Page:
Manure samples were collected from 16 organic (ORG) and 9 low-input conventional (LIC) Dutch dairy farms during August and September 2004 to determine the prevalence of the STEC virulence genes stx(1) (encoding Shiga toxin 1), stx(2) (encoding Shiga toxin 2), and eaeA (encoding intimin), as well as the rfbE gene, which is specific for Escherichia coli O157. The rfbE gene was present at 52% of the farms. The prevalence of rfbE was higher at ORG farms (61%) than at LIC farms (36%), but this was not significant. Relatively more LIC farms were positive for all Shiga toxin-producing E. coli (STEC) virulence genes eaeA, stx(1), and stx(2), which form a potentially highly virulent combination. Species richness of Enterobacteriaceae, as determined by DGGE, was significantly lower in manure positive for rfbE. Survival of a green fluorescent protein-expressing E. coli O157:H7 strain was studied in the manure from all farms from which samples were obtained and was modeled by a biphasic decline model. The time needed to reach the detection limit was predominantly determined by the level of native coliforms and the pH (both negative relationships). Initial decline was faster for ORG manure but leveled off earlier, resulting in longer survival than in LIC manure. Although the nonlinear decline curve could theoretically be explained as the cumulative distribution of an underlying distribution of decline kinetics, it is proposed that the observed nonlinear biphasic pattern of the survival curve is the result of changing nutrient status of the manure over time (and thereby changing competition pressure), instead of the presence of subpopulations differing in the level of resistance.
    Explorative research into quality of slurry manure from dairy farms with different feeding strategies
    Reijs, J.W. ; Meijer, W.H. ; Bakker, E.J. ; Lantinga, E.A. - \ 2003
    Netherlands Journal of Agricultural Science 51 (2003)1-2. - ISSN 0028-2928 - p. 67 - 89.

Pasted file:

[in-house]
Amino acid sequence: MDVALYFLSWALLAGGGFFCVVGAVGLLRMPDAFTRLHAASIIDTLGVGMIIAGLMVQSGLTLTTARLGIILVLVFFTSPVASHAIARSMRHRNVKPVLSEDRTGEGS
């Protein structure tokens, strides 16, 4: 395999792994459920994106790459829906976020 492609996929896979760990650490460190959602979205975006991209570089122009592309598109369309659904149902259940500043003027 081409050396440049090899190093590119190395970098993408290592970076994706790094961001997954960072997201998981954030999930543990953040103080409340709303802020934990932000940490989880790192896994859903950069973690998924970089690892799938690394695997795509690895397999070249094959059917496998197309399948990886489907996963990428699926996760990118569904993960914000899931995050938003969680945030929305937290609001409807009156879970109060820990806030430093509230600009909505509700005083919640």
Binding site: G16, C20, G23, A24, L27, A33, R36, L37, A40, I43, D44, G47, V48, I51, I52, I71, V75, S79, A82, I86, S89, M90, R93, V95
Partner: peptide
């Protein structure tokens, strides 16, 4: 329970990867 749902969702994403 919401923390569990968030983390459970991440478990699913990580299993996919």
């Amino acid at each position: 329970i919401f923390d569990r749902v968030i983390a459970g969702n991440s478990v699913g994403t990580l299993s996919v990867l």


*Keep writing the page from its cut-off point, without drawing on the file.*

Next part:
rundveemest - rundveedrijfmest - stikstof - diervoedering - grasbestand - fytotoxiciteit - grassen - klavers - biotesten - melkveehouderij - cattle manure - cattle slurry - nitrogen - animal feeding - herbage - phytotoxicity - grasses - clovers - bioassays - dairy farming - cress lepidium-sativum - seed-germination - sewage-sludge - cattle feces - growth - mineralization - decomposition - netherlands - deterrents
    To assess cattle slurry manure quality in relation to feeding strategy, a field experiment and a bio-assay were carried out with slurries from four dairy farming systems that used diets differing in protein content and digestibility. Several quality aspects were evaluated. In the field experiment the effects of slurry manure type on herbage rejection by grazing heifers and herbage yield on undisturbed plots under cages were studied for a grass monoculture and a grass/clover mixture. The bio-assay, consisting of a cress (Lepidium sativum L.) seed germination test, was used to study differences in phytotoxicity between the slurry types. After five weeks of undisturbed growth at equal amounts of applied inorganic nitrogen (N), the herbage yields differed statistically for the different slurries. This was probably due to immobilization of N in the case of the two slurries from farming systems in which straw was fed and used as bedding material. Herbage rejection by grazing animals was significantly shown for all slurry types and was significantly and positively correlated with the NH3/NH4 +-N content of the slurry. The slurries showed large differences in phytotoxicity to seeds and seedlings in the bio-assay. Ammonia and electric conductivity appeared to be the most important slurry parameters with inhibiting effects. The slurries with a high C/N ratio showed lowest phytotoxicity. Phytotoxicity in the cress seed germination test did not account for reduced herbage yields in the field experiment. On the contrary, when the slurries were ranked according to their phytotoxicity the order was the same as the ranking on the basis of undisturbed herbage yield. It was concluded that there is a need for other laboratory tests that show greater resemblance with what is observed in the field to assess slurry quality.